What goes around with an order blank, comes around. This is the primary rule of fund-raising, which a smart parent learns as soon as his or her child is big enough to wave one of these documents.
This same parent also quickly learns that it's fruitless to question the age-old fund-raising practice, sometimes known as "charity begins at home" or "robbing the relatives." It's easier to shut up, buy the sausage log (wrapping paper, drinking cup imprinted with school mascot, gourmet popcorn....), and join the frenzied cycle.
How else can our schoolchildren afford educational trips to Silver Dollar City Theme Park?
A parent about to be suckered into the fund-raising experience, however, needs to be aware of these "Fundamentals of Fund-Raising:"
Rule No. 1: If your child sells something to someone, then you are obligated to buy something from that person's child.
It may take 20 years, but believe me, it will happen. A neighbor who can't remember what day to set out her trash will vividly recall that your boy sold her some stale almond bark back in 1982 so his T-ball team could wear uniforms.
Eventually, she will have a child or a grandchild who will knock at your door with a catalog. Do you want the $6.99 cheese ball, which is nearly as big as a walnut, or the $12.99 gift pack of exotic spices?
This is how fund-raising and the human race perpetuate themselves.
The only exception to this "tit for tat" rule is the boss's kid. When this young fund-raiser shows up at work with a bale of raffle tickets and a goal of selling a thousand so he can get himself a pair of $2 walkie-talkies, you're trapped. Just go ahead and reach for your wallet and his goal, even though you will never get to return the deed - unless you're the boss someday.
Rule No. 2: Fund-raising is the only merchandising where the merchandise is totally irrelevant.
"I'll take one of whatever is cheapest," is an appropriate customer response.
The product is merely a distraction, a legal and polite way to pry $10 out of Uncle Vonnie and the others in the home-shopping network. A kid can't just march up and say, "Hey, Uncle Vonnie, will you fork over 10 bucks for the band trip?"
But a kid can confidently march up and say, "Hey, Uncle Vonnie, will you buy a pound of saltwater taffy to support the band?"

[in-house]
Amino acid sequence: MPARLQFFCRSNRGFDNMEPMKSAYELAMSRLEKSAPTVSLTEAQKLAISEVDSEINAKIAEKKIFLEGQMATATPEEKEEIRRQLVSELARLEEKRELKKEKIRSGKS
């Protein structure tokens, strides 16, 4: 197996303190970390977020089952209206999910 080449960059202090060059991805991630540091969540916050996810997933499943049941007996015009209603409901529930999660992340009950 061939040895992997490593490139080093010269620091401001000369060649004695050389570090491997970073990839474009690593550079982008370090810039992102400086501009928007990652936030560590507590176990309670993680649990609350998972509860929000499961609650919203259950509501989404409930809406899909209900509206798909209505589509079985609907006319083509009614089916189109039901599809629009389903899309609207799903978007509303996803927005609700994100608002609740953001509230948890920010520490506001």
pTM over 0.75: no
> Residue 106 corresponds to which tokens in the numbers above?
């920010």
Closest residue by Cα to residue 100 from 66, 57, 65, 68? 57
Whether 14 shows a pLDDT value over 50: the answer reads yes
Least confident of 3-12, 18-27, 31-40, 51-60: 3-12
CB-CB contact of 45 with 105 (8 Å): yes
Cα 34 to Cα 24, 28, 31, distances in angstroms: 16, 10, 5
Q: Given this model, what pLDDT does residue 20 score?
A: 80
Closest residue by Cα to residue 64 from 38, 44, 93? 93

Although Uncle Vonnie has skittish dentures, he'll bite. Otherwise, he'll look like a cheap louse.
Rule No. 3: The product rarely resembles its glossy photo.
It doesn't matter if it's a country-cat magnet or a box of imported chocolate turtles, it will be incredibly skimpier than the picture in the Neiman-Marcus look-alike brochure and in your imagination. I once bought a summer sausage that turned out to be a Little Smokie. It rolled off my snack cracker.
Rule No. 4: The product can not be returned.
Most likely the product will be shoddy and flimsy, but so what? There are no returns; this isn't Wal-Mart. The wind chime I bought to dribble my nephew closer to soccer camp must have been engineered for indoor use only. I dangled it from the front porch; it tinkled once in a puff of breeze, then collapsed.
Rule No. 5: The only people who enjoy fund-raising are the kids, because their own personal funds are never involved.
The young salesman comes home, fired up after a pep rally at school led by the company's pep exec.
"If I can sell $500 worth of stuff, then I get $5, cash," my own young fund-raiser exclaimed the other day. "Wish me well, Mom. I'm going out to sell."
I collared him. "Whoa! You're not hounding the neighbors and relatives to buy apple-scented candles. They just bought Mexican cocoa last month to support the Spanish Club, and coupon booklets from your sister to support the senior trip, and chances on a La-Z-Boy to support Little League."
The entrepreneur looked doomed.
"But Granny can't afford to buy $500 worth of candles, Mom," he said. "What am I supposed to do?"
I thought for a moment. "It's coming back to me," I told him. "In 1991, I bought some peanut brittle from Mrs. Jennings's daughter. It's a start. Grab that order blank and hop in the car!"
(c) Copyright 2000. The Christian Science Publishing Society